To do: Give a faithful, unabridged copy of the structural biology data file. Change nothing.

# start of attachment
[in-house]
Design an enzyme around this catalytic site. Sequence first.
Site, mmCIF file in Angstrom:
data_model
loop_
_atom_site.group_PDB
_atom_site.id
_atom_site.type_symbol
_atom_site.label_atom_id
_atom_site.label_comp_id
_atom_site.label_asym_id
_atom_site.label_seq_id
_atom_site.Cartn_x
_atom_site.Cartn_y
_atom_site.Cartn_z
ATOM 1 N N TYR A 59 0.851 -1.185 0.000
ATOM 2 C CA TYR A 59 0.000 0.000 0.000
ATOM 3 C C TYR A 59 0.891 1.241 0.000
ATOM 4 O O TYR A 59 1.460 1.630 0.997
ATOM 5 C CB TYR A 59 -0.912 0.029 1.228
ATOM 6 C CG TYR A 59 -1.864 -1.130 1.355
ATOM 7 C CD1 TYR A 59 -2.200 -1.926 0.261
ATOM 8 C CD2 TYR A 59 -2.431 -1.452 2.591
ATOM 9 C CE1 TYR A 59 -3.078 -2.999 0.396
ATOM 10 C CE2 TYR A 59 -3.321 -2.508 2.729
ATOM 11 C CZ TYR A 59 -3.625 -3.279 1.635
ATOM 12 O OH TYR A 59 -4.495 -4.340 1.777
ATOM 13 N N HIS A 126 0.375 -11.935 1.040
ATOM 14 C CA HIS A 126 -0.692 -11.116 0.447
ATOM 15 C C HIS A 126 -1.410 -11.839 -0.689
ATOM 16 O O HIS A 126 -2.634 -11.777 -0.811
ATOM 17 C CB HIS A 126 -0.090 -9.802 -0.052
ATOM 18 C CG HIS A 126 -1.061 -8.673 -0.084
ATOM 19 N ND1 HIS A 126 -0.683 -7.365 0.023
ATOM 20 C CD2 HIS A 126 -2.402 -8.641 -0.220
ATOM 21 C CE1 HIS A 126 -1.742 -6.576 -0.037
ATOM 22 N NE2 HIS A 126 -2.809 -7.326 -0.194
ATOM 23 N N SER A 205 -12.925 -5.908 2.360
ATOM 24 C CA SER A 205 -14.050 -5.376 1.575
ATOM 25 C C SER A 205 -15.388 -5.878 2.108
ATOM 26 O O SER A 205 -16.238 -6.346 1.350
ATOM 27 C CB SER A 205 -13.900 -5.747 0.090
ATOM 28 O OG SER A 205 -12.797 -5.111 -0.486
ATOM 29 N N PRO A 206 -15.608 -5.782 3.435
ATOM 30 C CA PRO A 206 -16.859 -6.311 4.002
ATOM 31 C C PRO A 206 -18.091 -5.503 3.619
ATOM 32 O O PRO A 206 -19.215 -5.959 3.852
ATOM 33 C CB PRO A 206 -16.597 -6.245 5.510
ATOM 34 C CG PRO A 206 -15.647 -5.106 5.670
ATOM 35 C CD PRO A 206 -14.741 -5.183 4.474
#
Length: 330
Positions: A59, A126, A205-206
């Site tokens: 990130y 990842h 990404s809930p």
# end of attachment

[in-house]
Design an enzyme around this catalytic site. Sequence first.
Site, mmCIF file in Angstrom:
data_model
loop_
_atom_site.group_PDB
_atom_site.id
_atom_site.type_symbol
_atom_site.label_atom_id
_atom_site.label_comp_id
_atom_site.label_asym_id
_atom_site.label_seq_id
_atom_site.Cartn_x
_atom_site.Cartn_y
_atom_site.Cartn_z
ATOM 1 N N TYR A 59 0.851 -1.185 0.000
ATOM 2 C CA TYR A 59 0.000 0.000 0.000
ATOM 3 C C TYR A 59 0.891 1.241 0.000
ATOM 4 O O TYR A 59 1.460 1.630 0.997
ATOM 5 C CB TYR A 59 -0.912 0.029 1.228
ATOM 6 C CG TYR A 59 -1.864 -1.130 1.355
ATOM 7 C CD1 TYR A 59 -2.200 -1.926 0.261
ATOM 8 C CD2 TYR A 59 -2.431 -1.452 2.591
ATOM 9 C CE1 TYR A 59 -3.078 -2.999 0.396
ATOM 10 C CE2 TYR A 59 -3.321 -2.508 2.729
ATOM 11 C CZ TYR A 59 -3.625 -3.279 1.635
ATOM 12 O OH TYR A 59 -4.495 -4.340 1.777
ATOM 13 N N HIS A 126 0.375 -11.935 1.040
ATOM 14 C CA HIS A 126 -0.692 -11.116 0.447
ATOM 15 C C HIS A 126 -1.410 -11.839 -0.689
ATOM 16 O O HIS A 126 -2.634 -11.777 -0.811
ATOM 17 C CB HIS A 126 -0.090 -9.802 -0.052
ATOM 18 C CG HIS A 126 -1.061 -8.673 -0.084
ATOM 19 N ND1 HIS A 126 -0.683 -7.365 0.023
ATOM 20 C CD2 HIS A 126 -2.402 -8.641 -0.220
ATOM 21 C CE1 HIS A 126 -1.742 -6.576 -0.037
ATOM 22 N NE2 HIS A 126 -2.809 -7.326 -0.194
ATOM 23 N N SER A 205 -12.925 -5.908 2.360
ATOM 24 C CA SER A 205 -14.050 -5.376 1.575
ATOM 25 C C SER A 205 -15.388 -5.878 2.108
ATOM 26 O O SER A 205 -16.238 -6.346 1.350
ATOM 27 C CB SER A 205 -13.900 -5.747 0.090
ATOM 28 O OG SER A 205 -12.797 -5.111 -0.486
ATOM 29 N N PRO A 206 -15.608 -5.782 3.435
ATOM 30 C CA PRO A 206 -16.859 -6.311 4.002
ATOM 31 C C PRO A 206 -18.091 -5.503 3.619
ATOM 32 O O PRO A 206 -19.215 -5.959 3.852
ATOM 33 C CB PRO A 206 -16.597 -6.245 5.510
ATOM 34 C CG PRO A 206 -15.647 -5.106 5.670
ATOM 35 C CD PRO A 206 -14.741 -5.183 4.474
#
Length: 330
Positions: A59, A126, A205-206
């Site tokens: 990130y 990842h 990404s809930p």